I can hear the giggle of the fool, because I am still saying “chawal.” I will always say it. I stick to my ground right or wrong. I care for sincerity, authenticity. I am authentically myself. I feel if it is spelled j-e-w-e-l it should be pronounced “cha-wal” not “jew-el.” That is the wrong pronunciation – according to me of course. Sooner or later you will have to make something like Osho-English. If there can be Indian-English, American-English, then why not Osho-English, with all its absurdities? I am laying the foundations for it.
Om mani padme hum.
When one lays foundations one should lay them religiously.
Om mani padme hum.
To be good with me is difficult. I called you the fool, and still you are nice to me. The fool…respectfool…and I will go on calling you the fool because I want to kill the fool, to crush the fool completely! I want you to be without it.
I am reminded, by the way, of thousands of Indian people around the world named Fooljan. Fool in the Indian language means “flower.” Now, when these people learn English and start writing their names they don’t spell it as it should be, f-o-o-l; no, they have found a way. They spell their name p-h-o-o-l, Phooljan. But everybody is doing that, somehow hiding one’s fool. But the more you hide it, the more you protect it, the more it is there. Leave it open to the winds and to the stars and to the sun and to the moon, and it will disappear. I want to kill it. If I ever wanted to kill anything it is the fool. But to kill a fool, I mean his foolishness…. I was afraid you might think, “A saint, and trying to kill something?”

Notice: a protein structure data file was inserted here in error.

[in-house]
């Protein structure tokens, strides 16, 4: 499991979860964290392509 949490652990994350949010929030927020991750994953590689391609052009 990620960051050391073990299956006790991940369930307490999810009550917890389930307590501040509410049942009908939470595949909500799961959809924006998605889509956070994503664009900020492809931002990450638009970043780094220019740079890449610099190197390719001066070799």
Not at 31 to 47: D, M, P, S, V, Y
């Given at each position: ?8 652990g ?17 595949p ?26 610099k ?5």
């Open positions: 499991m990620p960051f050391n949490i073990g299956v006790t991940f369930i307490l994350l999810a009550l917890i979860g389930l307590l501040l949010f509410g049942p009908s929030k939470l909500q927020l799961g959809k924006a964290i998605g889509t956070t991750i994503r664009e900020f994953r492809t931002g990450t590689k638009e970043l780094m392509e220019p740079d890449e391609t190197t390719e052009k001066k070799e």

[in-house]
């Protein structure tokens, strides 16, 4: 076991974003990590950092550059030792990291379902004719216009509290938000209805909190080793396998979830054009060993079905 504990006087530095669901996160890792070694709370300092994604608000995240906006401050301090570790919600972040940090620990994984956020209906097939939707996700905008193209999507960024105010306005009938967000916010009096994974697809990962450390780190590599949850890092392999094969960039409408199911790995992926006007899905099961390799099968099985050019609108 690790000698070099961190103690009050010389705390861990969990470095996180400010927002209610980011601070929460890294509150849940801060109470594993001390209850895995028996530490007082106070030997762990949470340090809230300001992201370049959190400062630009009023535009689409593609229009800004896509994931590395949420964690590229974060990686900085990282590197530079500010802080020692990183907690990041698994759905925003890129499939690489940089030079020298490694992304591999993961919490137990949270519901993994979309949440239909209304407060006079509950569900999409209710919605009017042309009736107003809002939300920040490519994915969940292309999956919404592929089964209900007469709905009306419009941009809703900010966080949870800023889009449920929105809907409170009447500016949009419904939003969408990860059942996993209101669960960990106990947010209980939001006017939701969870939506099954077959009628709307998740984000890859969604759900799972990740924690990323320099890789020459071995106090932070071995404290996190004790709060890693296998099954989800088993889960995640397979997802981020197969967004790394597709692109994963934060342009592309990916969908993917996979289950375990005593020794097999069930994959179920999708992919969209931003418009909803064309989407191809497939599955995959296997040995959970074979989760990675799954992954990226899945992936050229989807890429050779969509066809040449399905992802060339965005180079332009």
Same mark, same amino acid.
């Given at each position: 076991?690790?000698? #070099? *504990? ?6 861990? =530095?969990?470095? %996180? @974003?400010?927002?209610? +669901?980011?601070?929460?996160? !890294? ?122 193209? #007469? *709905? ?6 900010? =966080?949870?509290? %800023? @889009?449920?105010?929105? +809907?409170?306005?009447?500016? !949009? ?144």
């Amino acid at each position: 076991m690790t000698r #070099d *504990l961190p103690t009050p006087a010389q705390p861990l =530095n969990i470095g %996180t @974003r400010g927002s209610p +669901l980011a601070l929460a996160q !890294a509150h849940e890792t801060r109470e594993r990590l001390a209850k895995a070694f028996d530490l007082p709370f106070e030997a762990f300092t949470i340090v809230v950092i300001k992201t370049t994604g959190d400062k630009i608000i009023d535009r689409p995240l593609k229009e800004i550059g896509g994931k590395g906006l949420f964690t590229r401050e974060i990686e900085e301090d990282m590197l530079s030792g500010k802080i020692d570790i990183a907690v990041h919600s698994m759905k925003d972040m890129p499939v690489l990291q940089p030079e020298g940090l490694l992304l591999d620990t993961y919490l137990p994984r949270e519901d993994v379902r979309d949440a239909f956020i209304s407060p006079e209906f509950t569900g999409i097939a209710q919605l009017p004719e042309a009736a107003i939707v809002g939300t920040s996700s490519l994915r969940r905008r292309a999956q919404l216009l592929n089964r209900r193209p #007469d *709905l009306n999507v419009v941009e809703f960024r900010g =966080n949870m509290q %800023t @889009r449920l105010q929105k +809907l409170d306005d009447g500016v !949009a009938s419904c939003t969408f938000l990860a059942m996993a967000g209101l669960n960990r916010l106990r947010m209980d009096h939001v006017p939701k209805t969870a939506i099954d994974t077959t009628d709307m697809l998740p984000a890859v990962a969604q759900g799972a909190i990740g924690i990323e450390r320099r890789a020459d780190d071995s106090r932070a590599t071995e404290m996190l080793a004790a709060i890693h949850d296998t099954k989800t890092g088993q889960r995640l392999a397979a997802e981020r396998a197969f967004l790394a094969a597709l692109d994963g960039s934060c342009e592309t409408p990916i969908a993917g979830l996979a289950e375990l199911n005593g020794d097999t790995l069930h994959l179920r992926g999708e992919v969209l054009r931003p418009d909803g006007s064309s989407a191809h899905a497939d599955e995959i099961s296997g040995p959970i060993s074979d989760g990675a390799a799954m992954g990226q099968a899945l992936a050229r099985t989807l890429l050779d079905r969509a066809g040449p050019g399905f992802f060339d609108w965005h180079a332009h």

In India saints don’t even kill mosquitoes, they don’t kill bedbugs. Bedbugs are okay, mosquitoes are okay, but the fool has to be killed. I am not violent, but with the fool I am. I am utterly violent with the fool. I want to cut off its head! That’s why sometimes I am so bitterly and naturally misunderstood by the fools. I don’t think any man has been misunderstood so much. I am blessed as far as that is concerned. I am the most misunderstood man. But it is nobody’s fault, it is my own device. I am hitting the fools just exactly where it hurts, on their very skulls. And remember, I always carry the joke to its very end, the punch line!
There is an ancient story, the famous Zen story, The Ten Bulls of Zen. It is a pictorial story with ten picture cards, each card containing a phase of man and his evolution. The original pack consisted of only nine cards; the tenth was added by a madman like me. Everybody opposed him, everybody denounced him. He had to leave his country. He added the tenth picture, and the tenth picture is the most beautiful, the very culmination, the culmination of culmination itself.
In the first picture the bull is lost and the owner is searching for it.
In the second he is looking everywhere and he cannot find it.
In the third far, far away he can infer: “Perhaps that is my bull.”